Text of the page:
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Evolving history: Museum reworks displays to keep perspective fresh

A special operations variant of the UH-60L, known as Super 68, Razor’s Edge, which participated in operations later recounted in the book and movie “Black Hawk Down,” sits on display at the Army Aviation Museum on Fort Rucker. (Photo by Jay Mann)

A special operations variant of the UH-60L, known as Super 68, Razor’s Edge, which participated in operations later recounted in the book and movie “Black Hawk Down,” sits on display at the Army Aviation Museum on Fort Rucker. (Photo by Jay Mann)

Published: October 16, 2014

FORT RUCKER, Ala. (October 16, 2014) -- Museums are a record of the slow, constant change and evolution in the world that people participate in every day, and this record itself is constantly being updated at the U.S. Army Aviation Museum by a staff that recognizes the importance of building the future on the foundations of the past.

“A good museum is constantly evolving, constantly changing,” said Robert Mitchell, Army Aviation Museum curator. “People want to come back to the museum and see new things, so we are constantly upgrading the displays and we are in the planning process of a large reworking of all our displays.”

Mitchell says reworking current displays is only a part of providing a unique experience for visitors on every visit to the museum – rotating aircraft and acquiring new displays are just as important.

“We are hoping to get a Longbow Apache from the Apache community to put on display, because obviously that aircraft is not only a tactical weapon, but a national strategic weapon,” he said.

One of the new aircraft on display at the museum is an exclusive special operations variant of the UH-60L, known as Super 68, Razor’s Edge.

In 1993, Super 68 participated in Operation Gothic Serpent and was one of three Black Hawk helicopters to be shot down during the Battle of Mogadishu – an account of which appeared in the book and movie “Black Hawk Down.”

“During the battle, it received heavy damage,” explained Mitchell. “A rocket-propelled grenade struck the rotor system on the aircraft, but the crew was able to fly it back to the airfield, which is a testament to the ruggedness of the aircraft and crew members. It was quickly repaired and put back into action.”

Throughout its entire service life, from delivery in 1990 until its induction into the Army Aviation Museum collection in late 2013, Super 68 was assigned to the 160th Special Operations Aviation Regiment. It was one of the first aircraft in the regiment to undergo the conversion to a Direct Action Penetrator.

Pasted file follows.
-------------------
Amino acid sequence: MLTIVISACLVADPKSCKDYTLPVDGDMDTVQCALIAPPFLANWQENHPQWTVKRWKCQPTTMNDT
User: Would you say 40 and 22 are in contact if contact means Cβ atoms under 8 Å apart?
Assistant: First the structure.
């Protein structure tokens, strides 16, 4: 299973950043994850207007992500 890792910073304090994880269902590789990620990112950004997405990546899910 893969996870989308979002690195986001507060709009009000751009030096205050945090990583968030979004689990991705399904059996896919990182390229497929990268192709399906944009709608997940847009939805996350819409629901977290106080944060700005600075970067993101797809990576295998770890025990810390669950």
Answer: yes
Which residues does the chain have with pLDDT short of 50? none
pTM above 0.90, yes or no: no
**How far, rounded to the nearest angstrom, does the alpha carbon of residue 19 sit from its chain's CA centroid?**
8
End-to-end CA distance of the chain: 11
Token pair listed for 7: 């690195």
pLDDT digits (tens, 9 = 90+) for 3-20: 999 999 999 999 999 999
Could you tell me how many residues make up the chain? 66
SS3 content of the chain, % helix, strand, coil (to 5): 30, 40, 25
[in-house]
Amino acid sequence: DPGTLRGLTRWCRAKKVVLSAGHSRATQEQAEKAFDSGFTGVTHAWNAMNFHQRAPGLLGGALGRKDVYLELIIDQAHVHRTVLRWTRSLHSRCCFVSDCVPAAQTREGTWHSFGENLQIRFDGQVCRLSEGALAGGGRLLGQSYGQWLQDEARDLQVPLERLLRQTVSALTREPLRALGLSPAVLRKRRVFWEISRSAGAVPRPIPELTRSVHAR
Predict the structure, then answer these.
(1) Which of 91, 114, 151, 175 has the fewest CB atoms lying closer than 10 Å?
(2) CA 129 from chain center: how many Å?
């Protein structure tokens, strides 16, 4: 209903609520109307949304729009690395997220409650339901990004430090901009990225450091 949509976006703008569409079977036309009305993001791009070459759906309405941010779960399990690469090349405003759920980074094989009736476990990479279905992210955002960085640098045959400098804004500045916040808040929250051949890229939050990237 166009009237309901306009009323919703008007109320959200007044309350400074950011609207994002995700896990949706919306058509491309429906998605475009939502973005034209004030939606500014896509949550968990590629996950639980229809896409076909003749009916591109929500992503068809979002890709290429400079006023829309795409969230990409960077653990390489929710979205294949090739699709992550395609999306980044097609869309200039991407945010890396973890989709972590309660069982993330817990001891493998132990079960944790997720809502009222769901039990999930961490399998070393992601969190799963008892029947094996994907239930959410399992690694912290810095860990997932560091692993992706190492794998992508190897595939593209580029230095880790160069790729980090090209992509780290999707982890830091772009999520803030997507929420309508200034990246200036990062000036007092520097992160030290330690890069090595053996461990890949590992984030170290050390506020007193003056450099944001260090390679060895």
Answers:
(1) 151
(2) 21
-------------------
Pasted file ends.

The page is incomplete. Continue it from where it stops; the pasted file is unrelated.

“During that battle the aircraft was configured differently than you see it today. You have to remember, that was many years ago,” Mitchell said, “It was upgraded over the years and eventually took on the role of a DAP.”

It is on display in COMNAV IDAP configuration, mounting a rocket pod, 30mm cannon, and twin forward fixed 7.62 miniguns. During its time in the 160th, it also racked Hellfire missiles and Stinger air-to-air missiles, depending on the mission.

“It’s basically the 160th’s version of a gunship,” he said. “Its primary role is direct fire support for the operators on the ground.

“During the operations in Mogadishu. it had the standard door guns and was used more as an assault type aircraft for inserting troops,” he continued. “When it received the battle damage, it had fast ropes hanging out and rangers were being deployed into the city.

“Preserving the actual aircraft that participated in these missions is important because people need to understand the sacrifice and determination of the Soldiers who operated these machines,” said Mitchell. “Recently, on the 20th anniversary of the operations in Somalia, we had senior officers and NCOs come stand next to this aircraft that they stood next to all those years ago as junior officers and enlisted Soldiers. This aircraft is a part of them.”

In addition to the new additions to the museum, current inventory being rotated in and upgrades to displays, there are plans for a new Phase II to the museum that will feature groundbreaking aircraft that pushed the evolution of rotary flight.

“History and technology are intertwined,” said Mitchell. “The new Phase II building will have a circular design, starting with early rotary wing Aviation and evolve through all the different facets of power plants, rotor systems, instrumentation and survivability systems throughout the generations. It will be a very comprehensive exhibit of technology.

“The operational history will still be maintained, but Phase II will fill in the gaps with the conceptual designs and prototypes that led to the leaps in design between the operational aircraft,” he said.

The Phase II design model and the Army Aviation Museum Foundation’s progress toward the funding goal are on display in the museum.

The current museum building has a large collection of exhibits starting with the early days of flight.

“Army Aviation started shortly after the Wright brothers achieved their feat at Kitty Hawk,” said Mitchell. “We have a WWI Gallery where we talk about Army Aviation pioneers, the mid-war years, and WWII. As you walk through, you see the advancements through the late 1940s and 50s, and into the Korean war and up to today.

“There is really something for everybody here,” he said. “Elementary school children, active-duty Soldiers, former Aviation Soldiers and their families regularly come through here.

“We have a lot of things people don’t normally see,” he added. “There are some one-of-a-kind aircraft, presidential helicopters, Hugh Mill’s aircraft from Vietnam, and a lot of nooks and crannies throughout the museum chock full of history that people don’t realize is here.”

This article was originally published at

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